Congresswoman Johnson set her mind on becoming a nurse as a teenager, but in 1952 no nursing program in Texas would accept her, so she applied and was admitted to St. Mary’s College in Notre Dame, Indiana, graduating in 1955. She holds the BS degree in nursing from Texas Christian University, and in 1976, she was awarded the MPA degree from Southern Methodist University. Ten years into her nursing career at Veterans Affairs (VA), she was appointed chief psychiatric nurse at the VA Hospital in Dallas. In 1977, she was appointed regional director of the U.S. Department of Health, Education, and Welfare.
Before her election to Congress, Johnson served as a member of the Texas State House of Representatives from 1972-1977 and a member of the Texas State Senate from 1986-1992. She was elected as a Democrat in 1992 to the 103rd Congress and is in her 12th term representing the 30th Congressional District. In December 2010, she was elected as the first African American and first female ranking member of the House Committee on Science, Space, and Technology, a standing committee of the U.S. House of Representatives. Additionally, she was the first African American female to serve as chairwoman of the Subcommittee on Water Resources and Environment during the 110th and 111th sessions of Congress. Her name is attached to several pieces of legislation. Her office in the Rayburn House Office Building impresses visitors who can clearly see what seniority provides.
The author (left) sharing a copy of Minority Nurse with Congresswoman Eddie Bernice Johnson
James Daniels: Mrs. Johnson, your accomplishments are impressive and even astonishing. Your firsts set you apart as a genuine trailblazer. You are the first woman ever elected to represent Dallas in the U.S. Congress. You are the very first chief psychiatric nurse of Dallas; first African American elected to the Texas House of Representatives from Dallas; first woman in Texas history to lead a major committee of the Texas House of Representatives; first African American appointed regional director of U.S. Department of Health, Education, and Welfare; and the first female African American elected from the Dallas area as a Texas senator since Reconstruction. Your crowning accomplishment, however, is as the first nurse elected to the United States House of Representatives.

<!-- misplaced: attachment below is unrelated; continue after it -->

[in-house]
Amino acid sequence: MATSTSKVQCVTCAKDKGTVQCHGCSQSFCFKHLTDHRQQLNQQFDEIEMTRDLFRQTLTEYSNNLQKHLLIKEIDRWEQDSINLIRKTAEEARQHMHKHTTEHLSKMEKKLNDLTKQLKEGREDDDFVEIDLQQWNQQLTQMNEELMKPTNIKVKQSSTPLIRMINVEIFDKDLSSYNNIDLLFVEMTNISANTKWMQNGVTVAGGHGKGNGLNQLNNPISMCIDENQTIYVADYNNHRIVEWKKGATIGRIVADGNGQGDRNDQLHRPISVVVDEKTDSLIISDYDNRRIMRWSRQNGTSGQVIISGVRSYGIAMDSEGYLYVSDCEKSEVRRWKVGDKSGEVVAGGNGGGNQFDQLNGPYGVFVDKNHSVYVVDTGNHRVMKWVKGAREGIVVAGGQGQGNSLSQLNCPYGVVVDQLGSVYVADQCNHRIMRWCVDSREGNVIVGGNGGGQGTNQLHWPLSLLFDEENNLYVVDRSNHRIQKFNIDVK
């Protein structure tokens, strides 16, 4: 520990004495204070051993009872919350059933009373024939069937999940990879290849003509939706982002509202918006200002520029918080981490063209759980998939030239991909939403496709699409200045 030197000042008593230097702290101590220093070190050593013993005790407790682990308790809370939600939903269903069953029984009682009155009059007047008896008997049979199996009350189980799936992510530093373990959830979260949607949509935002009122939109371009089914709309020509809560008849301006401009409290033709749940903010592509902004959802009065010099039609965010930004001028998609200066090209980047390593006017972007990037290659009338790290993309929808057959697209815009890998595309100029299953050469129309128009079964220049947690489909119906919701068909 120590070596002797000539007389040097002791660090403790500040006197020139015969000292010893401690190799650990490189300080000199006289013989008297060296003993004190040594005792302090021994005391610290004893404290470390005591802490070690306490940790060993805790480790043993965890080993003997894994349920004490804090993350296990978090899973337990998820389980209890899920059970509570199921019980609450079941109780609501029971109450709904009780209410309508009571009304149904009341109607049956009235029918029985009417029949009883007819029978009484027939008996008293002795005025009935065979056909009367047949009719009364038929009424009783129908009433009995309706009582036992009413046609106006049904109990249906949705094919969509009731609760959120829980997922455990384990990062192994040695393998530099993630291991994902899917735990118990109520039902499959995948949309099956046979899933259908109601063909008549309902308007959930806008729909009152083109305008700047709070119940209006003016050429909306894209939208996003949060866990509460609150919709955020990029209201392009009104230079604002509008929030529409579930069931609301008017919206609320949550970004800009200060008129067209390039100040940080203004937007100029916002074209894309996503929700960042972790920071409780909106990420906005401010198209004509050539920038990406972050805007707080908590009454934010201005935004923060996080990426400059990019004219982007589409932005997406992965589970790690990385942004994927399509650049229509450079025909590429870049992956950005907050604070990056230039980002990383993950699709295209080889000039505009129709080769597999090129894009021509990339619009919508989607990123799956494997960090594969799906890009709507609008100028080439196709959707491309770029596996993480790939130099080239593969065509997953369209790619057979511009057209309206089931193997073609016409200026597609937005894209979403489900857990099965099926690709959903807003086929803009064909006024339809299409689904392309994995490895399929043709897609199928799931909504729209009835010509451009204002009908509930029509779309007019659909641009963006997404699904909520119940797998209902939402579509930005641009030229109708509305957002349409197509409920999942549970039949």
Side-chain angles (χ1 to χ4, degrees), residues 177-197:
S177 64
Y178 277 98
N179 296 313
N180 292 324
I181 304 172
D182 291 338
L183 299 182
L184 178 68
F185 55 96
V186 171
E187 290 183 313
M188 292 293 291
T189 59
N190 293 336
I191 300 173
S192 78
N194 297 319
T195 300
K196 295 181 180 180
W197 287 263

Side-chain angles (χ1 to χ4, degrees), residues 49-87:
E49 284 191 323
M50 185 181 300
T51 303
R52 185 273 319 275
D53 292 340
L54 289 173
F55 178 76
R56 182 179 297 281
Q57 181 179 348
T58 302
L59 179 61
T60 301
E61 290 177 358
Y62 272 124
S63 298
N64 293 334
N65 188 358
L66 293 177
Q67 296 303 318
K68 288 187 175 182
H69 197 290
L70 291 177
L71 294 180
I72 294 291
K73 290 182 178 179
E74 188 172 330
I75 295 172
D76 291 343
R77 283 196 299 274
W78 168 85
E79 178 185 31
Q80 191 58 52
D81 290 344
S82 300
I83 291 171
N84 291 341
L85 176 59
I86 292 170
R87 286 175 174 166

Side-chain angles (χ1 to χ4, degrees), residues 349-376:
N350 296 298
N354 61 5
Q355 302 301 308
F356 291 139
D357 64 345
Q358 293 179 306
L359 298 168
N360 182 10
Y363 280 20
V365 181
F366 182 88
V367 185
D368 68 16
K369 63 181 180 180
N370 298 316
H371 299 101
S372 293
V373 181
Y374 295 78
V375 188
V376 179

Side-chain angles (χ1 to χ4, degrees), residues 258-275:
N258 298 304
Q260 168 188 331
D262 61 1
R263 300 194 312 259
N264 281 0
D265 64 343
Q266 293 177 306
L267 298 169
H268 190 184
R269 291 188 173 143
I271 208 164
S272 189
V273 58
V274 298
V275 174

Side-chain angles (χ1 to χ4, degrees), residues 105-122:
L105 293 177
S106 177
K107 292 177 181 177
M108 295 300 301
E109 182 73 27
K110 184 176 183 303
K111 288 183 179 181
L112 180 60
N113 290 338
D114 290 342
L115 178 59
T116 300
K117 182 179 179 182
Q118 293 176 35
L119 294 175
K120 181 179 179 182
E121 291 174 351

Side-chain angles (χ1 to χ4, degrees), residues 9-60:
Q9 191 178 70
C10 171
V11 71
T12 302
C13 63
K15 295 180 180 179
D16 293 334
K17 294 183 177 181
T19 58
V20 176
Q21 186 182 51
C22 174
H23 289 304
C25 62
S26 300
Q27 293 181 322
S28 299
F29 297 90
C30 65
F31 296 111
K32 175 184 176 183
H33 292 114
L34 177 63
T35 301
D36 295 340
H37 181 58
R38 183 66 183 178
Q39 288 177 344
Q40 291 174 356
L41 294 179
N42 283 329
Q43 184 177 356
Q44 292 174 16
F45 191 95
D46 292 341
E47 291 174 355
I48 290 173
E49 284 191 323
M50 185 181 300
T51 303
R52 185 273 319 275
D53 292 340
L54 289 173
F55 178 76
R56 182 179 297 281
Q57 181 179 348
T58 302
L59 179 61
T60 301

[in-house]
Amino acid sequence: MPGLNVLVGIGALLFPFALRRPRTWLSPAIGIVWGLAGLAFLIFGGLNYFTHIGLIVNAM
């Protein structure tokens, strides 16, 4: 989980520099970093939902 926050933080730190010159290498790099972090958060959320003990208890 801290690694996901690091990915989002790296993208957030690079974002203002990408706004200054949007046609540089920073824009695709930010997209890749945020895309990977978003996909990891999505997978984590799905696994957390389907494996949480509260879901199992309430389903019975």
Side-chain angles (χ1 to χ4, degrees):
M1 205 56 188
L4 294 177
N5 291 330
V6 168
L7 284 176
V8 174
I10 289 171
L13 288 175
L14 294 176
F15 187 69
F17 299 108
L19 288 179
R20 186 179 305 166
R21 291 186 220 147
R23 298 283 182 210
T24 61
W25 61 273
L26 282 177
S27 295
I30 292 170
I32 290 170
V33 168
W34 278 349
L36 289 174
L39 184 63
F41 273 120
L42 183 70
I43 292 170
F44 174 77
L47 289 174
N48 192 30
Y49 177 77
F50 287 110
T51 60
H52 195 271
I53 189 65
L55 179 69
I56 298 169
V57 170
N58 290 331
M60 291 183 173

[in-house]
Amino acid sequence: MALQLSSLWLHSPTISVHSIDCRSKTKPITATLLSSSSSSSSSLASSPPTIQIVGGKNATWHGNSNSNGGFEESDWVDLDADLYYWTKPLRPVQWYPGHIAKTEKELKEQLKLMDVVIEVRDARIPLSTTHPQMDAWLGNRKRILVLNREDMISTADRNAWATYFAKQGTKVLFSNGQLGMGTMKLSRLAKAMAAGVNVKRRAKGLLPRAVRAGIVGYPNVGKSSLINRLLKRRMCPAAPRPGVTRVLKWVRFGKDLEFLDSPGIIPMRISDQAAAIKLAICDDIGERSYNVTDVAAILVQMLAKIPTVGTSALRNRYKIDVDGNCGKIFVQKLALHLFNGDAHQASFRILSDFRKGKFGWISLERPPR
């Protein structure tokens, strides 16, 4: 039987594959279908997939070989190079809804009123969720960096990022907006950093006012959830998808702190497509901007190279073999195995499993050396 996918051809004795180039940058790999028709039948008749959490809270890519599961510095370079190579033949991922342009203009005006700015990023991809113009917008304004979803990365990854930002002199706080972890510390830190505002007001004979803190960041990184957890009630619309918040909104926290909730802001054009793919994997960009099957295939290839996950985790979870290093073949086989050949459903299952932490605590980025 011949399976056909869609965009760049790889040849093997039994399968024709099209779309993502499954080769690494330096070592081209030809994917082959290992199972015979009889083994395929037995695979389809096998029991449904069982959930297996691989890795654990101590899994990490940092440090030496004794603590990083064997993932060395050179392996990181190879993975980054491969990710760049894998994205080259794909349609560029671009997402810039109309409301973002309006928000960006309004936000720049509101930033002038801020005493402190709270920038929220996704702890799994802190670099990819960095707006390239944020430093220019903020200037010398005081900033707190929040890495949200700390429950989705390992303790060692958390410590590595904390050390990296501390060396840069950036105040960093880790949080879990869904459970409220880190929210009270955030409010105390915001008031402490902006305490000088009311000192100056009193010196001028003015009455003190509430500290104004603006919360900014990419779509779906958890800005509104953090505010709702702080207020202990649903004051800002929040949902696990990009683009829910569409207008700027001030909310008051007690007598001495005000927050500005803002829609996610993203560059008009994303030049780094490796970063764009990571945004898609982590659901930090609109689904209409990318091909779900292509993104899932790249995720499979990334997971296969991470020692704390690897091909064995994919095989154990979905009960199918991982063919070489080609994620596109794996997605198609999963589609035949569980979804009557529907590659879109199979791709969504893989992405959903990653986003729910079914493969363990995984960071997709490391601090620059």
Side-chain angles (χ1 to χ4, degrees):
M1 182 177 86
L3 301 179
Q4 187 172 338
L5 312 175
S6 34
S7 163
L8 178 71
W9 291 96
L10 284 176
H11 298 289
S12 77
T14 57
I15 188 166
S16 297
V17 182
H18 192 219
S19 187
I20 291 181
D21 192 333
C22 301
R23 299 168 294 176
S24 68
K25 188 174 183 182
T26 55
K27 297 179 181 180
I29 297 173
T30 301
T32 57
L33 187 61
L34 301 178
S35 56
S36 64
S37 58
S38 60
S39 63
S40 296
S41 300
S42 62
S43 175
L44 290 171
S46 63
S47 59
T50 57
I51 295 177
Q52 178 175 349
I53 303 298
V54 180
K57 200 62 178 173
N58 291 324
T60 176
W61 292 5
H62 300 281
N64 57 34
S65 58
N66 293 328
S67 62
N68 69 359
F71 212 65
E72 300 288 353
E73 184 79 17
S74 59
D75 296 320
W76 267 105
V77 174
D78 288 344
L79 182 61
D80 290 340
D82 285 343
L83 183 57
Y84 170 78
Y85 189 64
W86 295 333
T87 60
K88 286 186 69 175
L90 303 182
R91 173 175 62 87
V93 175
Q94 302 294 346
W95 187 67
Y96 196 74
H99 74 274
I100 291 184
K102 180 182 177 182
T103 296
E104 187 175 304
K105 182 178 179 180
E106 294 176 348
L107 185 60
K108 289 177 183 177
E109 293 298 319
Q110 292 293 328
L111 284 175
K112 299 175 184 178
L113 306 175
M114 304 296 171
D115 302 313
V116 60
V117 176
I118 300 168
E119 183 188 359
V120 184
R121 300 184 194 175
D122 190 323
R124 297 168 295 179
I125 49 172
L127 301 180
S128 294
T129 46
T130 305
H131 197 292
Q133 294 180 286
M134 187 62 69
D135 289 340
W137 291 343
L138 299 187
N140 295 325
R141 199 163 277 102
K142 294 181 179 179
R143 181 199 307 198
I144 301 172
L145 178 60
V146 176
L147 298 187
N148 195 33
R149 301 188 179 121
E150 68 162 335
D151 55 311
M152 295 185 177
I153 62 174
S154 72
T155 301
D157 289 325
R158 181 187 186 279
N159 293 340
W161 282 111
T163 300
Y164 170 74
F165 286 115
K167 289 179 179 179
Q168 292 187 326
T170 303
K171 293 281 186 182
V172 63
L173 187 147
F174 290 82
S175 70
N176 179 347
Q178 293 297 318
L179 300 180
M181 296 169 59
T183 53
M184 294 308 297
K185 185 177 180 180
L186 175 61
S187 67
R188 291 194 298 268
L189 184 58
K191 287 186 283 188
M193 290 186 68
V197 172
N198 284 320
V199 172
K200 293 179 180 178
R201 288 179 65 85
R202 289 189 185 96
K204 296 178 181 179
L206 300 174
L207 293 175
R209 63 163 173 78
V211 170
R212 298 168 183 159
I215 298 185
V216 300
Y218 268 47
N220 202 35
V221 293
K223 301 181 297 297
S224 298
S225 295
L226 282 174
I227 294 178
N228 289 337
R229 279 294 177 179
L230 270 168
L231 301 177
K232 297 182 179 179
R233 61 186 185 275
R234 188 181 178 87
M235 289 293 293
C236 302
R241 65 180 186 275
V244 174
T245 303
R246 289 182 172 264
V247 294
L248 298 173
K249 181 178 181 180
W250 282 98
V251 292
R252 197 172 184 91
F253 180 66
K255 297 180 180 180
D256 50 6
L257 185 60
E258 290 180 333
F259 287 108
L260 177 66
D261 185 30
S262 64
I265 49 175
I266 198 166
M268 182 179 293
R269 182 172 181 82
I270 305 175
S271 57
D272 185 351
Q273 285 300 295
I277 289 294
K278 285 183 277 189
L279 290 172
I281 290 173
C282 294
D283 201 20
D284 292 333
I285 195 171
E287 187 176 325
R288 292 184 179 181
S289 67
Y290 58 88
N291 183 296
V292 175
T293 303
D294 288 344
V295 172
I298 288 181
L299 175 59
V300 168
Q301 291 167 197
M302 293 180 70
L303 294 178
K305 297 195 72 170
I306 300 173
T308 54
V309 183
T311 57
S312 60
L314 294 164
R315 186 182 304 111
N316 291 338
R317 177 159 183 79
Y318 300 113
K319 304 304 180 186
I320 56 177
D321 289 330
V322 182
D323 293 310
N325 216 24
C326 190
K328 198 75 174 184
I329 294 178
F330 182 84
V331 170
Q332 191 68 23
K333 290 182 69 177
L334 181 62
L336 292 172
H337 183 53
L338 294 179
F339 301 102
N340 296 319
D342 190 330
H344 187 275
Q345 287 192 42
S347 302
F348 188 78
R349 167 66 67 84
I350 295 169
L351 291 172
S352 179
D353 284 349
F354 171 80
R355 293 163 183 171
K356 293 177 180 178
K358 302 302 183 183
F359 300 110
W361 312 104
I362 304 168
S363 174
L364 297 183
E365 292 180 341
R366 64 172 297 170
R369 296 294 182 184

Congresswoman Johnson: And I hope I won’t be the last!
Daniels: You are clearly regarded as a pioneer because of all the firsts you have accomplished. What does this mean to you? How do you handle that?
Johnson: I never think about it until someone brings it up. I don’t see it as extraordinary. I see it as opportunities that appeared, and I took advantage of them and was fortunate enough to get elected. It has not been easy because I was the first. As a matter of fact, it has probably been more difficult because of that.
Daniels: What motivated you to enter politics coming from a stellar career in nursing?
Johnson: When I was first approached about running for office, I thought it was a joke. All of the women I spent most of my volunteer time working with were mostly white at that time. The judge that gave Lyndon Johnson the oath of office, Sarah T. Hughes, was the one who pushed it, and along with others, encouraged me. It was the white community that persuaded Stanley Marcus [Chairman of Neiman Marcus] to give me a job because I was working for the government at that time. My African American community had to be brought along because they thought what I was doing was a man’s job.
Daniels: So, you were a pioneer.
Johnson: I guess so! My campaign was run out of my garage and my dining room. Not until I went into a run-off against my opponent did my African American women bring their support. After I won, everyone became my friend.
Daniels: You could not get into any university in Texas to obtain your nursing degree.
Johnson: There was no nursing degree program in Texas [in 1952] with national recognition that I could attend. This was before the University of Texas opened [its doors to black students]. It was before Baylor or Texas Christian opened, so that’s why I went out of state. The colleges [in Texas] were not integrated at that time.
Daniels: Growing up, did your parents influence you to achieve? What role did your parents play?
Johnson: My parents played a very key role, because education was number one for them. They thought it was very important. My grandmother was a teacher and went to Prairie View College. My father finished high school but did not want to go to college. He wanted to be a businessman. I watched them as examples.